Tales From The Trenches: Don't Count On Luck

By Casey Murphy AAA

As most experienced traders say, "buying is easy, it's selling that's the hard part." The goal of every market participant is to buy an asset when the price is low and sell it right before the price crumbles. Trying to pick the top of any movement in the financial markets is not easy and luck often plays a bigger role than most traders would like to admit. Lucky trades can be part of trading, but traders shouldn't let good luck go to their heads - a strategy that wishes to stay profitable over the long run cannot depend on luck for its superior results.

This article is an example of how we got lucky by selling at the top. While this is a success story, we'll also emphasize why you should not rely on luck alone.

Trade Recap
On March 16, 2006, ChartAdvisor.com identified a potential inverse head and shoulders pattern forming on the chart of Cosi Inc. (COSI). As you can see in Figure 1, traders will spend countless hours seeking out this chart pattern because a furious break higher usually occurs once the bulls are able to send the price of the asset above the resistance level known as a neckline.

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Figure 1

The identified inverse head and shoulders, shown in Figure 2, was in the process of forming the right shoulder when we added the pattern to our watch list. The underlying thesis behind this trade was a bet on the bulls entering buy orders for COSI when the price was able to break above the neckline of $10.11, which would then result in a surge toward our target of $11.21. Notice how the pattern below is very similar to the theoretical diagram because this figure is a good example of the type of breakout that we were expecting to see when the price was able to surpass the neckline. (For more insight into how to spot this pattern, read Basics Of Technical Analysis and Price Patterns - Part 2.)

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Figure 2

As you can see in Figure 3, this trade began to develop as we anticipated, with a break above the entry price on March 28, 2006. The large volume that accompanied the breakout was noted to confirm that the break above the entry was valid and that a further move higher was to be expected.

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Figure 3

For our COSI trade, luck was on our side for the two days following the breakout because we saw the price of the shares reach our target - a price that also happened to correspond to the day's high. Every trader would like to close a long position at the day's high, but because nobody knows exactly what this price will be, it takes some luck in order for this to occur. (For more on this, check out Trading Failed Breaks and Support And Resistance Reversals.)

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Figure 4

Luck continued to be on our side in this trade as the bulls were unable to maintain the upward momentum that was started with the break above the neckline. As you can see in Figure 5, the price of $11.21 turned out to be the highest price (to the penny) to which the bulls were able to send COSI before the bears took control and sent the stock lower by more than 50% over the following four months.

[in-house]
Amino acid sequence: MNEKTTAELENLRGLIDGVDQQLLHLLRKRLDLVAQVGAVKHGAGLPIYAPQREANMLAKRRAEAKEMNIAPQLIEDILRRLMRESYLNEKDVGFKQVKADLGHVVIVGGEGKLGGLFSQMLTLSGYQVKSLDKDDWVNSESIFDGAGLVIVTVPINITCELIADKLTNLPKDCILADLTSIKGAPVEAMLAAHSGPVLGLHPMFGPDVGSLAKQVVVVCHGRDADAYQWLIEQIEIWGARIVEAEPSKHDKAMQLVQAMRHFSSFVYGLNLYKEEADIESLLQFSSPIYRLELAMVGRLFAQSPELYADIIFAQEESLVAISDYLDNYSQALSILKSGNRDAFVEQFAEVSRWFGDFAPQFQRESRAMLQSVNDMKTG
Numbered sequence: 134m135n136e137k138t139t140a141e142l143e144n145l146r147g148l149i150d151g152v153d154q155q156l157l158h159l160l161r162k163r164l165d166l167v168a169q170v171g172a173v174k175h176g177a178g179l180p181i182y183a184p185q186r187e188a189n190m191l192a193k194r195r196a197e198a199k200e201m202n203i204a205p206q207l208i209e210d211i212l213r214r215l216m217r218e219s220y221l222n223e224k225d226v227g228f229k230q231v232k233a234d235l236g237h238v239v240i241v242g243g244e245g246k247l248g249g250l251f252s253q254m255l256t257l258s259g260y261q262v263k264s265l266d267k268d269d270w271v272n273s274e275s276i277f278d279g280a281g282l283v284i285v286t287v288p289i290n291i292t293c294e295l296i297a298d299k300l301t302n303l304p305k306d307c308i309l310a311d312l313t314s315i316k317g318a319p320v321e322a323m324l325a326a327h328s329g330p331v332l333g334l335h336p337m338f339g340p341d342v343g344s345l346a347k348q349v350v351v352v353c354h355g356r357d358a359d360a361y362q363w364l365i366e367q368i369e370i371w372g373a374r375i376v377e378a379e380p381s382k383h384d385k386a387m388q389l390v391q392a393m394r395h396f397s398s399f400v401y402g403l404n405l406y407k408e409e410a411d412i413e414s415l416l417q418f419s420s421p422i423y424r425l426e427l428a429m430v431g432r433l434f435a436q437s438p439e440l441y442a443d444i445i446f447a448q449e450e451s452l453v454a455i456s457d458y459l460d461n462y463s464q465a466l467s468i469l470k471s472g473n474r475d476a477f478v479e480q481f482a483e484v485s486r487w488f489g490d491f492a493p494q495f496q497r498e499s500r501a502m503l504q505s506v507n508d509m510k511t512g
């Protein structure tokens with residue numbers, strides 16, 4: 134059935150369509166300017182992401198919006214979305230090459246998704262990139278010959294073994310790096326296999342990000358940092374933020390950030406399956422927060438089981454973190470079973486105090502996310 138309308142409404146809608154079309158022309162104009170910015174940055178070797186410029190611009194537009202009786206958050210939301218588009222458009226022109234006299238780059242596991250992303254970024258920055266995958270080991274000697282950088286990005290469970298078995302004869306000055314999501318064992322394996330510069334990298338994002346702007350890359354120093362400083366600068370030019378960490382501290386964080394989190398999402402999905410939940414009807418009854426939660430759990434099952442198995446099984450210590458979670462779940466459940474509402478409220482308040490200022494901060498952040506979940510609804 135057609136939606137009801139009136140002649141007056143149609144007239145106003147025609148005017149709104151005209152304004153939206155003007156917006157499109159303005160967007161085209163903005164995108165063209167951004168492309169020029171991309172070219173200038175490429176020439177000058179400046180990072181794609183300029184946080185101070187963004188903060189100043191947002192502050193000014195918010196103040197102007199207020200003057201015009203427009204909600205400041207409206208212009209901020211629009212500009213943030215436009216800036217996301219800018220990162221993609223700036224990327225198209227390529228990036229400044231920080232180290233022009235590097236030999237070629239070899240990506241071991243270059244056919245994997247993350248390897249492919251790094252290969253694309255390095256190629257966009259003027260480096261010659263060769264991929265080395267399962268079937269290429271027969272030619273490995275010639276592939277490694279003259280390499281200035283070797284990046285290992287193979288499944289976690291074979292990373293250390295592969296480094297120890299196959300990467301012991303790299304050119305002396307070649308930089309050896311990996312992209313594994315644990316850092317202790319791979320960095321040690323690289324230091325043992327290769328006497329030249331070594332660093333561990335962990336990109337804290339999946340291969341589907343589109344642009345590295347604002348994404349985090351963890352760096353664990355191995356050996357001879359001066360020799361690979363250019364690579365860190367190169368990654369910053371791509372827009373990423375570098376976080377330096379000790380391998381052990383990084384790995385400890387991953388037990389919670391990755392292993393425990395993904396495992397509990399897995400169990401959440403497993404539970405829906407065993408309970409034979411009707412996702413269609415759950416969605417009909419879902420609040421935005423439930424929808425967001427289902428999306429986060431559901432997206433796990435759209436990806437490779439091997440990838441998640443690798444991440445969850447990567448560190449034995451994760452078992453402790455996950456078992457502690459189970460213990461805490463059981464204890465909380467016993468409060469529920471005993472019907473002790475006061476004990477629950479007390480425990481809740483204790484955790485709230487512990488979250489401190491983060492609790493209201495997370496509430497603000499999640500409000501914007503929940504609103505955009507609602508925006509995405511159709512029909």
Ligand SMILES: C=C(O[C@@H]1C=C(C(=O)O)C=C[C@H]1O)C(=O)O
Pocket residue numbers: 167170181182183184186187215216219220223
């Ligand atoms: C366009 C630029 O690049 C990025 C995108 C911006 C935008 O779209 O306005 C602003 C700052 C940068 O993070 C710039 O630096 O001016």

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Figure 5

Lucky Outcome
At ChartAdvisor the outcome of the COSI trade was extraordinary - we never expect to be able to pick the exact top before the market sends an asset lower. In this regard, we got lucky with COSI. Although this type of trade could fuel a trader's ego, it is important to avoid becoming overconfident as a result of of one exceptional trade. After all, it can be just as common to look back on a trade and see that it continued to move in the desired direction after it was closed out.

For example, as you can see from the chart of Delta Petroleum (DPTR), an earlier pick from ChartAdvisor, we recognized an inverse head and shoulders pattern and were closed out of the trade when our stop-loss order was triggered for a 5% gain. Notice how in Figure 6 the bulls continued to push DPTR higher after we had left our position.

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Figure 6

Conclusion
From our COSI trade we realize that luck can play a great role in the outcome of a trader's most memorable transactions and that the key to being successful over the long run is to never rely on this luck. Basing a trading strategy on time-tested methods that have proven their worth over hundreds of years has lead us to accept the situations that are beyond our control, both good and bad, because over time, strategy is what is going to keep us in the trading game. Selling at the peak is the exception and not the norm. As a result, traders must be willing to stick to their trading strategies.

To read more of ChartAdvisor.com's lessons from trading, see Tales From The Trenches: Hindsight Is 20/20.

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